Why Water Fountains Are a Public Health Opportunity
With ideas from Melbourne.
Public Works looks at public space, urban design, and city-building innovations from around the world, and considers what Toronto might learn from them.
Photo by Loser No. 27 from the Torontoist Flickr pool
As the days get shorter in Toronto, Melbourne and other cities across the Southern Hemisphere are heading into the summer months. Last year, Australia’s second-largest city installed 60 new water bottle filling stations to help people stay hydrated in the heat and improve local health all year round.
The initiative is a partnership between the municipal government and VicHealth, the state health promotion agency. It aims to encourage people to take advantage of tap water rather than buying bottled water or other beverages.
From a public health perspective, tap water is a low-cost, low-calorie alternative to commercial drinks. Hydration also lowers the risk of heat stroke in warm weather and improves concentration in all seasons.
What’s most exciting about Melbourne’s new drinking fountains is that an investment in urban infrastructure is aligned with broader public health objectives and supported by utilities and other levels of government.
For instance, the water bottle filling stations complement a statewide campaign to reduce the consumption of high-calorie beverages by encouraging people to switch from juice or pop to tap water for 30 days.
Ensuring public access to drinking water also reduces waste from disposable bottles. For this reason, the installation of the new fountains was accompanied by the distribution of more than 11,000 free, reusable water bottles throughout the city.
Plus, in case the branded water bottles were not enough to raise awareness for the project, an online map and mobile app are also available to help residents and visitors alike find the nearest drinking fountains in Melbourne.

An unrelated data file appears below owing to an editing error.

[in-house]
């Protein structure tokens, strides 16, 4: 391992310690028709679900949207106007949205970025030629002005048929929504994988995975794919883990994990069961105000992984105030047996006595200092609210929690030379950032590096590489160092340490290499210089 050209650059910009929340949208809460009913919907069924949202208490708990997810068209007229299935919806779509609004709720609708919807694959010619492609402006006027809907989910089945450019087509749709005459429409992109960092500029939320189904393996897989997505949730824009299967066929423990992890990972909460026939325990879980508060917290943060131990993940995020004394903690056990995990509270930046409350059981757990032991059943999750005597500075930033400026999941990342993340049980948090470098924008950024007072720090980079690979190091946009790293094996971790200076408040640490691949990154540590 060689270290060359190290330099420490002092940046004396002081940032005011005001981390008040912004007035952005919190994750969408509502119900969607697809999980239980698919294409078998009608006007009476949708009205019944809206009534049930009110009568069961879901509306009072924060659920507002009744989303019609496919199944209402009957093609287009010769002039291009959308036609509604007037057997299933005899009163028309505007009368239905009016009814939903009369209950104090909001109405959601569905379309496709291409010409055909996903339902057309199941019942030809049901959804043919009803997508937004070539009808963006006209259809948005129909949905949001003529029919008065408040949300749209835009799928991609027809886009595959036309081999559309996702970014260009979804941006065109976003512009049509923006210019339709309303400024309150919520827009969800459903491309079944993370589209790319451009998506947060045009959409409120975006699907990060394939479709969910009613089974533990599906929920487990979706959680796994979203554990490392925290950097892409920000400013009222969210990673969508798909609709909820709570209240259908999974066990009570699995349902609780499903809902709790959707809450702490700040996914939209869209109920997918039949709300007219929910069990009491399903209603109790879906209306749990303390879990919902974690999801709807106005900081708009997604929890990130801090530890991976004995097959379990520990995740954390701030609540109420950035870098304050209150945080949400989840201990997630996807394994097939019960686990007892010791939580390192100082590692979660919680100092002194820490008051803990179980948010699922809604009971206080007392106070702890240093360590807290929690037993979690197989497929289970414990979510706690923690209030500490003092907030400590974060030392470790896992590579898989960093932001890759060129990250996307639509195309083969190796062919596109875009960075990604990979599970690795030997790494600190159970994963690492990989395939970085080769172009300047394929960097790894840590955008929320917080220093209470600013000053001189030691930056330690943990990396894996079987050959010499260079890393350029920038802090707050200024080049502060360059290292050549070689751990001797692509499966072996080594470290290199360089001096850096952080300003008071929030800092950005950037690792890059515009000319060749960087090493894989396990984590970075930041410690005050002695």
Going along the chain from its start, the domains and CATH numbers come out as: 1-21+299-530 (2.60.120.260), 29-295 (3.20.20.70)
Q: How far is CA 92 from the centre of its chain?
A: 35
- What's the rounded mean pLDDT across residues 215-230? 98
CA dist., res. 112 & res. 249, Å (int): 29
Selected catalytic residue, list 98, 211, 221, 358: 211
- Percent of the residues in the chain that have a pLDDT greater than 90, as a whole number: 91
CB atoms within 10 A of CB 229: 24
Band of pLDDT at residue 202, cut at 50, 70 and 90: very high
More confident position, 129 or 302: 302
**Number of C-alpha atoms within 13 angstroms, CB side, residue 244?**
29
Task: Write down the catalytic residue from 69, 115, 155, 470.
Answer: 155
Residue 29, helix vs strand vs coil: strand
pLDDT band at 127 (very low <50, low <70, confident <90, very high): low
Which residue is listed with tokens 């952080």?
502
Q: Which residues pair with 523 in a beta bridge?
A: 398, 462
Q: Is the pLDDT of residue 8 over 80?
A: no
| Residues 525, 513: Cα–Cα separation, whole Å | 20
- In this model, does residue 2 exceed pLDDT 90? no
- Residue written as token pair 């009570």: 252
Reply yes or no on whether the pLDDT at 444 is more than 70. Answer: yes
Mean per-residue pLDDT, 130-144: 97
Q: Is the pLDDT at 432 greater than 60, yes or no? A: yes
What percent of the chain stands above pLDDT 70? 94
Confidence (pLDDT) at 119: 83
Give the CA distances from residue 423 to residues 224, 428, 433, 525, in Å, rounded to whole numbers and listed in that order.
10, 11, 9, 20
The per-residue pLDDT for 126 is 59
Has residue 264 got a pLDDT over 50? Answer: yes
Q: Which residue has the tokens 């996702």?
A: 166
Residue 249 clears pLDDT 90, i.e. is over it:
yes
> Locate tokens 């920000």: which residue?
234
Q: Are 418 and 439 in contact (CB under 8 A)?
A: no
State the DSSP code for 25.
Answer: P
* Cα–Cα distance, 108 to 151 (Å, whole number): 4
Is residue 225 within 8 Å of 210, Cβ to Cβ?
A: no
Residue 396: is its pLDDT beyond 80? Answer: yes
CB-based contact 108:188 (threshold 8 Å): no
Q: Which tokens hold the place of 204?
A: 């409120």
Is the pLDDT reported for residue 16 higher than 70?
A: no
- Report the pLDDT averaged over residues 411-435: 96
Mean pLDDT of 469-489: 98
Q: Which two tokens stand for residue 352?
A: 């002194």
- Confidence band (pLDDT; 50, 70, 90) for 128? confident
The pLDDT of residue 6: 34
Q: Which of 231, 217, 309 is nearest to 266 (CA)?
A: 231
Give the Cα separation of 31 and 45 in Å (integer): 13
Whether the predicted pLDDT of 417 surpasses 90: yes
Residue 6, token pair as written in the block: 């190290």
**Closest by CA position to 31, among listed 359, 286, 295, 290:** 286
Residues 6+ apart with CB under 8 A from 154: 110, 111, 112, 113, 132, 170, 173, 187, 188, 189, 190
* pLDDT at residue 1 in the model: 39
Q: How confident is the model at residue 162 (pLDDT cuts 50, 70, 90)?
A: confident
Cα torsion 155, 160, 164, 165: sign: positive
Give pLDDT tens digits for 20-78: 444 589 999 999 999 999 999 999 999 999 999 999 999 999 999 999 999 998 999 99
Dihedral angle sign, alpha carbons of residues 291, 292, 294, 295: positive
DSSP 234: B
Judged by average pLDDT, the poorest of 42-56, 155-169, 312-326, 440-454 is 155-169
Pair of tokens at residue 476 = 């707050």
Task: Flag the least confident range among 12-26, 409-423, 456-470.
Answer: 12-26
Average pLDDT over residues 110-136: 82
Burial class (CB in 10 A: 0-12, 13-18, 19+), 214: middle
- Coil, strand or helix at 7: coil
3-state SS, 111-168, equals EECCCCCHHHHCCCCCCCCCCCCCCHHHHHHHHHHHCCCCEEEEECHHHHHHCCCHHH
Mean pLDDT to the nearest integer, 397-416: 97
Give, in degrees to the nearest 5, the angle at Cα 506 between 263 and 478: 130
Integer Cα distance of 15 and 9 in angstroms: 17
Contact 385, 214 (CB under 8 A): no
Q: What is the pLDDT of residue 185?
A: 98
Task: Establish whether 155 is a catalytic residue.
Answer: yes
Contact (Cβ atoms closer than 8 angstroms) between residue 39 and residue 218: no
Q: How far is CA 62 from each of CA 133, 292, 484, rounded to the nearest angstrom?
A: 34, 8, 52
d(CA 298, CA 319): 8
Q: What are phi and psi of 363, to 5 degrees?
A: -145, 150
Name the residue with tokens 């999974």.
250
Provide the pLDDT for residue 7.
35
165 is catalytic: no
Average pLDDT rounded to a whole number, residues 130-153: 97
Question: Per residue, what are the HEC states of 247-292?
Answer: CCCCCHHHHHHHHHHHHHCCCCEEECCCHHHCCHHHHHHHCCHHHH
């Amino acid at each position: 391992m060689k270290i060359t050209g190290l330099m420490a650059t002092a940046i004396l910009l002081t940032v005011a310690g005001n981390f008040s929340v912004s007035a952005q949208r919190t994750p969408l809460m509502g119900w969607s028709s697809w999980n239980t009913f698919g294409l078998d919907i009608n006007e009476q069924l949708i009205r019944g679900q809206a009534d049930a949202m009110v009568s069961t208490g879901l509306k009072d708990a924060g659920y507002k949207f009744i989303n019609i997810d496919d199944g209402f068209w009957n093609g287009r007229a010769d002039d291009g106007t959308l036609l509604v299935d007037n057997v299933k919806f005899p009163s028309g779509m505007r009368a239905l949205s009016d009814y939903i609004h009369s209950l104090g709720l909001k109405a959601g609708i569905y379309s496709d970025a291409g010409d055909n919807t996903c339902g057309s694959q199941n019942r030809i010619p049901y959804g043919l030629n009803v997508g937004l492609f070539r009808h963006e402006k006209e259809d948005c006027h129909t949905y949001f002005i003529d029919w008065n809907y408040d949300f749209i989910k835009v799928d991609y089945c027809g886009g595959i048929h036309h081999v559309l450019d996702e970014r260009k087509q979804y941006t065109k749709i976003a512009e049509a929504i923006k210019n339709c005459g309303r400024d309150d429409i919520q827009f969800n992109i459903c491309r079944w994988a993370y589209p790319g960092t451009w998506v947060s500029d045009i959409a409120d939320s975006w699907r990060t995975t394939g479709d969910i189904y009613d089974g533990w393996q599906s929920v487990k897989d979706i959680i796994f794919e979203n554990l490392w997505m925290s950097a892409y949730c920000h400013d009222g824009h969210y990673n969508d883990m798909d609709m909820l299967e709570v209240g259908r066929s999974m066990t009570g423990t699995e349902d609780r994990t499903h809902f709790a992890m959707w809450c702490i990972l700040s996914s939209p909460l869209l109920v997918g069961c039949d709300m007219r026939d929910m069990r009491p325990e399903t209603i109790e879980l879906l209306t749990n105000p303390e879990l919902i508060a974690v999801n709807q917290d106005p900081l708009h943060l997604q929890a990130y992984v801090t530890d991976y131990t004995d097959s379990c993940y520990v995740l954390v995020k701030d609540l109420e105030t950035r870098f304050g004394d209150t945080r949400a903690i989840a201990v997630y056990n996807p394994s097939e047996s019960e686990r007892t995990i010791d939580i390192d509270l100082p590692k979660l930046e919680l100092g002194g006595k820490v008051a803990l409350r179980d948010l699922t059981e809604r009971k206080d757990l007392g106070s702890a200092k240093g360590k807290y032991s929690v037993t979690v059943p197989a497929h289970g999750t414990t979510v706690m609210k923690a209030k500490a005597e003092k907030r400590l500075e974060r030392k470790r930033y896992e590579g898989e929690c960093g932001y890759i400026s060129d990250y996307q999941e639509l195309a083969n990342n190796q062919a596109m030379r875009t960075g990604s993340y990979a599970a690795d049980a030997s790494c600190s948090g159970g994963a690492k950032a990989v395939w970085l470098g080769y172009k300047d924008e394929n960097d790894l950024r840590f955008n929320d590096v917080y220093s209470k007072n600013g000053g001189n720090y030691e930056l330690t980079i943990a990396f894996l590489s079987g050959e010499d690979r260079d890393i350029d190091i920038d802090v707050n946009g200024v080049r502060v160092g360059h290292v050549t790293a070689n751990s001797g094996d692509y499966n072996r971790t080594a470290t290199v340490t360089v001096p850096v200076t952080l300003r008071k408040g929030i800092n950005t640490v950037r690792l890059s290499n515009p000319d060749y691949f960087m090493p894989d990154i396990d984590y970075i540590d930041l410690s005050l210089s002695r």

Photo by Evan Goldenberg from the Torontoist Flickr pool
Toronto is no stranger to the market pressures and public health issues surrounding drinking water. In 2008, City Council voted on a bottled water ban that took effect in January 2012. The ban prohibits the sale and distribution of bottled water at most City parks and facilities.
However, 82 spaces, ranging from parkettes to trails, are exempt from the ban. The majority of these exemptions cite a lack of potable water or functioning drinking fountains on site. Toronto boasts more than 1,500 parks, yet it does not have adequate infrastructure to supply water to the places that otherwise support healthy, active living.
In total, there are about 700 public drinking fountains in Toronto, the vast majority of which are located in parks. It’s difficult to get a more precise figure because the number of fountains in operation changes seasonally due to construction and repairs.
According to a 2013 report [PDF], each fountain cost approximately $700 per year to maintain. This amount includes annual water quality checks, routine repairs, and dealing with damage and vandalism. A new water fountain costs $4,000 to $7,500, with water bottle filling stations like those in Melbourne sitting at the upper end of that range.
Although the City of Toronto succeeds in providing millions of people with safe drinking water each day, water infrastructure remains chronically overlooked and underfunded. The urgency of aging water mains suggests that improving access to drinking water in public spaces may not be a priority compared to other projects.
Nonetheless, parks and recreational facilities require water to encourage organized sports, casual games, and personal fitness. The exemptions to the bottled water ban highlight places where infrastructure is not able to keep up with public needs. In contrast, Melbourne shows how investing in drinking fountains can have a positive impact on public health, individual finances, and even waste diversion.